England’s decision to poach Sri Lanka’s head coach Paul Farbrace and immediately thereafter utilise him in a series against the Sri Lankans has raised eyebrows, with questions being raised on whether the move was ethical and in line with the spirit of cricket.
Sri Lanka, who are currently in England, will meet their hosts again when the fourth match of the ongoing five-match series gets underway on Sunday at Lord’s — home to the holiest shrine of cricket and the custodians of the sport’s laws and the spirit of the game.
Transparency International, the global anti-corruption watchdog, weighed in on the matter.
“In the business world this would be considered a clear conflict of interest, and it would be unusual for a senior employee to move to a competitor and work for them immediately in competition with their previous employer,” Dr Robert Barrington, the executive director of Transparency International UK, toldIsland Cricket.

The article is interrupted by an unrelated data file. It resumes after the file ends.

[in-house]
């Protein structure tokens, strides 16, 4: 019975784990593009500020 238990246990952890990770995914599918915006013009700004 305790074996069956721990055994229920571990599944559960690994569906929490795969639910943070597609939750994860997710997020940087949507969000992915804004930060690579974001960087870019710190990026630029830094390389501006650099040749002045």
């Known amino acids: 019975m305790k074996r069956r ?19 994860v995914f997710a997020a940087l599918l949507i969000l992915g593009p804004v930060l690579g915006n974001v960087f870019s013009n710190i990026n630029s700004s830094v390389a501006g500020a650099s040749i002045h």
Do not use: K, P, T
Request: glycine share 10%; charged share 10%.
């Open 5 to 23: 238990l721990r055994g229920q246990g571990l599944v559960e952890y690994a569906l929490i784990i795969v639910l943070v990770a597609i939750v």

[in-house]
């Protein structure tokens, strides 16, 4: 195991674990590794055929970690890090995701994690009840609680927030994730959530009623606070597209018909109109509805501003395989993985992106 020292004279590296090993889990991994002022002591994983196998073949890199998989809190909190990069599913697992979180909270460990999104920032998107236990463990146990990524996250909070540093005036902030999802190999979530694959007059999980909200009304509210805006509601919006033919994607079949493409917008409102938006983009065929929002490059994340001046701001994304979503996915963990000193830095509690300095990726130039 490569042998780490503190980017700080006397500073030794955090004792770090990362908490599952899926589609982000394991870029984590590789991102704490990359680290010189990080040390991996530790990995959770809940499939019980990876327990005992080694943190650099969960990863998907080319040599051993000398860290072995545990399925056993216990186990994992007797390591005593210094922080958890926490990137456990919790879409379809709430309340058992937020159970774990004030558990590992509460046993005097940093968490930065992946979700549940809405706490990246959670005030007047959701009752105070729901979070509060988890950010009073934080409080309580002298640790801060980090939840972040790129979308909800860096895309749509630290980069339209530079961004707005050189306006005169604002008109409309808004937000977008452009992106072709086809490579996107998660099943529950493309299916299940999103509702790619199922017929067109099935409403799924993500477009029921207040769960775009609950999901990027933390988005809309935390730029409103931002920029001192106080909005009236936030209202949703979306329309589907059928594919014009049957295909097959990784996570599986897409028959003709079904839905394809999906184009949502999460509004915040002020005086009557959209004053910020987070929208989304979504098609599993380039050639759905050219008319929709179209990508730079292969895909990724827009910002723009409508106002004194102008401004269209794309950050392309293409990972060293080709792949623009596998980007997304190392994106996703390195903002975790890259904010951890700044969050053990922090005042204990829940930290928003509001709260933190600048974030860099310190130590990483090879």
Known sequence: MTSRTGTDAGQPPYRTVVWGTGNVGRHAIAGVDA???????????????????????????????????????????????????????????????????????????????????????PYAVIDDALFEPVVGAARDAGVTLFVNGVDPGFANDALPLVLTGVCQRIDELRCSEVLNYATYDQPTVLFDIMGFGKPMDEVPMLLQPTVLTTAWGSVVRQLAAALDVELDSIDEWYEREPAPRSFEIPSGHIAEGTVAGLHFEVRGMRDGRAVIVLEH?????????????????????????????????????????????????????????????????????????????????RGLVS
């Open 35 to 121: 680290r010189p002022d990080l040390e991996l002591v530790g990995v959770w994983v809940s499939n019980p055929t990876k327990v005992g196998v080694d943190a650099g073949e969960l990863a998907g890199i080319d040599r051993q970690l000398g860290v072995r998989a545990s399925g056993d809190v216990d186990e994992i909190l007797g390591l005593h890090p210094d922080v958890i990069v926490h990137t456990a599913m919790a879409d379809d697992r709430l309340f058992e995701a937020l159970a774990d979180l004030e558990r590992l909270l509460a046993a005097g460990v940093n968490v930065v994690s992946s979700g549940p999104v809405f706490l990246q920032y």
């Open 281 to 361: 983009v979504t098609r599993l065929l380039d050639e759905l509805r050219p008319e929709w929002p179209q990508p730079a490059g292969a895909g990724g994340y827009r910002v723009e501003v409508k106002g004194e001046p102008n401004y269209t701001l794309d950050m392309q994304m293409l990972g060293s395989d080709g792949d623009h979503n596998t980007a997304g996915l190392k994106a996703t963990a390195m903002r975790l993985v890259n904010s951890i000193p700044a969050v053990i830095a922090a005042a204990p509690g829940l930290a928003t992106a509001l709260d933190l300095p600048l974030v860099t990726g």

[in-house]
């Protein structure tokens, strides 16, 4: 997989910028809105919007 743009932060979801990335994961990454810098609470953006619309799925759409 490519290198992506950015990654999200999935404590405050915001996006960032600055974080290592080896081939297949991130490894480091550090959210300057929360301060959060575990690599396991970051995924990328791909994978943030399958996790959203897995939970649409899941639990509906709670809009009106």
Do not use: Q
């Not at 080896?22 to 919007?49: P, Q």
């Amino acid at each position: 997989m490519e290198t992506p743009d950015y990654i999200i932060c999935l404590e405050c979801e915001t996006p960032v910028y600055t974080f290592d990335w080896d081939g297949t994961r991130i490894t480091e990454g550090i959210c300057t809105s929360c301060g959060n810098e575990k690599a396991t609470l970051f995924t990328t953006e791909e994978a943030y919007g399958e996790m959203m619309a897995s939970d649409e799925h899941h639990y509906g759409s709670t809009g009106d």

“It’s more common in sport. For example, when football club managers switch teams. Unfortunately, sports governance often reflects the charming but out-dated approach of the amateur age, when informal structures were bolstered by personal integrity.
“Cricket’s recent problems with match-fixing demonstrate that the game’s governance needs to be updated, and the rejection by the ICC of the Woolf report proposing such reforms means that cricket’s global leadership is not setting a good example.”
Farbrace was recruited as Sri Lanka’s head coach in December, and three months into his two-year stint, shortly prior to Sri Lanka’s tour of England, the 46-year-old accepted an offer from his native England to join them as their assistant-coach, leaving Sri Lanka scrambling in search of a coach before an important tour.